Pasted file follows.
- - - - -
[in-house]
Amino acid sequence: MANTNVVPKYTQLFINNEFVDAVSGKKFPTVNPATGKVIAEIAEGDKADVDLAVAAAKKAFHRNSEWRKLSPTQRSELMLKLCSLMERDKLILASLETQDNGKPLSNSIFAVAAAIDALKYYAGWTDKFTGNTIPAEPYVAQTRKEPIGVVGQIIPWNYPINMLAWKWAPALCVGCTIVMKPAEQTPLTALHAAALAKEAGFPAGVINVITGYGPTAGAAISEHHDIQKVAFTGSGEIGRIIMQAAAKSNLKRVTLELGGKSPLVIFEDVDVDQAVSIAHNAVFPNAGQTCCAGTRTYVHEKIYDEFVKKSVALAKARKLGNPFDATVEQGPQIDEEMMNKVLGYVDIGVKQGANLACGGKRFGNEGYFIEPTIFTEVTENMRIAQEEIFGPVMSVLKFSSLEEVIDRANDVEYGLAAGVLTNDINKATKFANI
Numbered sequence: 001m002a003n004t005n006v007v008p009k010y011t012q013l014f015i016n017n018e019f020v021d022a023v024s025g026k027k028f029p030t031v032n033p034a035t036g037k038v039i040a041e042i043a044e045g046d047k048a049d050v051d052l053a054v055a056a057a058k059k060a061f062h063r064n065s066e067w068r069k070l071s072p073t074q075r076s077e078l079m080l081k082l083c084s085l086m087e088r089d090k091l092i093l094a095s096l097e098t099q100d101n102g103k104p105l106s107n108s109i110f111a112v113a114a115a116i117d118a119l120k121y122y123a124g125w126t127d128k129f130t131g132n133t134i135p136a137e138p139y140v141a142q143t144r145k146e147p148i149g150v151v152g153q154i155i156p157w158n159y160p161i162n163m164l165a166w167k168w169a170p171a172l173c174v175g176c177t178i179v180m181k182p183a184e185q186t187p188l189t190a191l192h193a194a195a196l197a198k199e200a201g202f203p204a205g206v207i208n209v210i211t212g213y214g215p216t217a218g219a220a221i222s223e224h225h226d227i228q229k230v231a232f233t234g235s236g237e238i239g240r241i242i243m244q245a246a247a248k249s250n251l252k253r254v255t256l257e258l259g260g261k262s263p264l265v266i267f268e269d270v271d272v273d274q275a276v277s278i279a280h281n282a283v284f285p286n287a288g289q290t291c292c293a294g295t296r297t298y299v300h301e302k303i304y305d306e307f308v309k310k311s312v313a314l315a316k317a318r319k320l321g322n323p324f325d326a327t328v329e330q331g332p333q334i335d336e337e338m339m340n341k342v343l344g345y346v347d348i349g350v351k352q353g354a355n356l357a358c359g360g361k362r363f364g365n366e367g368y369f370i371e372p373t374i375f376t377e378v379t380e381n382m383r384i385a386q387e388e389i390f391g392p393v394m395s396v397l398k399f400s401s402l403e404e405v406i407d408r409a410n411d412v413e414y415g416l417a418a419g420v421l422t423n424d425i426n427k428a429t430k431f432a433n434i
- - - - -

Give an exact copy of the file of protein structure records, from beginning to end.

[in-house]
Amino acid sequence: MANTNVVPKYTQLFINNEFVDAVSGKKFPTVNPATGKVIAEIAEGDKADVDLAVAAAKKAFHRNSEWRKLSPTQRSELMLKLCSLMERDKLILASLETQDNGKPLSNSIFAVAAAIDALKYYAGWTDKFTGNTIPAEPYVAQTRKEPIGVVGQIIPWNYPINMLAWKWAPALCVGCTIVMKPAEQTPLTALHAAALAKEAGFPAGVINVITGYGPTAGAAISEHHDIQKVAFTGSGEIGRIIMQAAAKSNLKRVTLELGGKSPLVIFEDVDVDQAVSIAHNAVFPNAGQTCCAGTRTYVHEKIYDEFVKKSVALAKARKLGNPFDATVEQGPQIDEEMMNKVLGYVDIGVKQGANLACGGKRFGNEGYFIEPTIFTEVTENMRIAQEEIFGPVMSVLKFSSLEEVIDRANDVEYGLAAGVLTNDINKATKFANI
Numbered sequence: 001m002a003n004t005n006v007v008p009k010y011t012q013l014f015i016n017n018e019f020v021d022a023v024s025g026k027k028f029p030t031v032n033p034a035t036g037k038v039i040a041e042i043a044e045g046d047k048a049d050v051d052l053a054v055a056a057a058k059k060a061f062h063r064n065s066e067w068r069k070l071s072p073t074q075r076s077e078l079m080l081k082l083c084s085l086m087e088r089d090k091l092i093l094a095s096l097e098t099q100d101n102g103k104p105l106s107n108s109i110f111a112v113a114a115a116i117d118a119l120k121y122y123a124g125w126t127d128k129f130t131g132n133t134i135p136a137e138p139y140v141a142q143t144r145k146e147p148i149g150v151v152g153q154i155i156p157w158n159y160p161i162n163m164l165a166w167k168w169a170p171a172l173c174v175g176c177t178i179v180m181k182p183a184e185q186t187p188l189t190a191l192h193a194a195a196l197a198k199e200a201g202f203p204a205g206v207i208n209v210i211t212g213y214g215p216t217a218g219a220a221i222s223e224h225h226d227i228q229k230v231a232f233t234g235s236g237e238i239g240r241i242i243m244q245a246a247a248k249s250n251l252k253r254v255t256l257e258l259g260g261k262s263p264l265v266i267f268e269d270v271d272v273d274q275a276v277s278i279a280h281n282a283v284f285p286n287a288g289q290t291c292c293a294g295t296r297t298y299v300h301e302k303i304y305d306e307f308v309k310k311s312v313a314l315a316k317a318r319k320l321g322n323p324f325d326a327t328v329e330q331g332p333q334i335d336e337e338m339m340n341k342v343l344g345y346v347d348i349g350v351k352q353g354a355n356l357a358c359g360g361k362r363f364g365n366e367g368y369f370i371e372p373t374i375f376t377e378v379t380e381n382m383r384i385a386q387e388e389i390f391g392p393v394m395s396v397l398k399f400s401s402l403e404e405v406i407d408r409a410n411d412v413e414y415g416l417a418a419g420v421l422t423n424d425i426n427k428a429t430k431f432a433n434i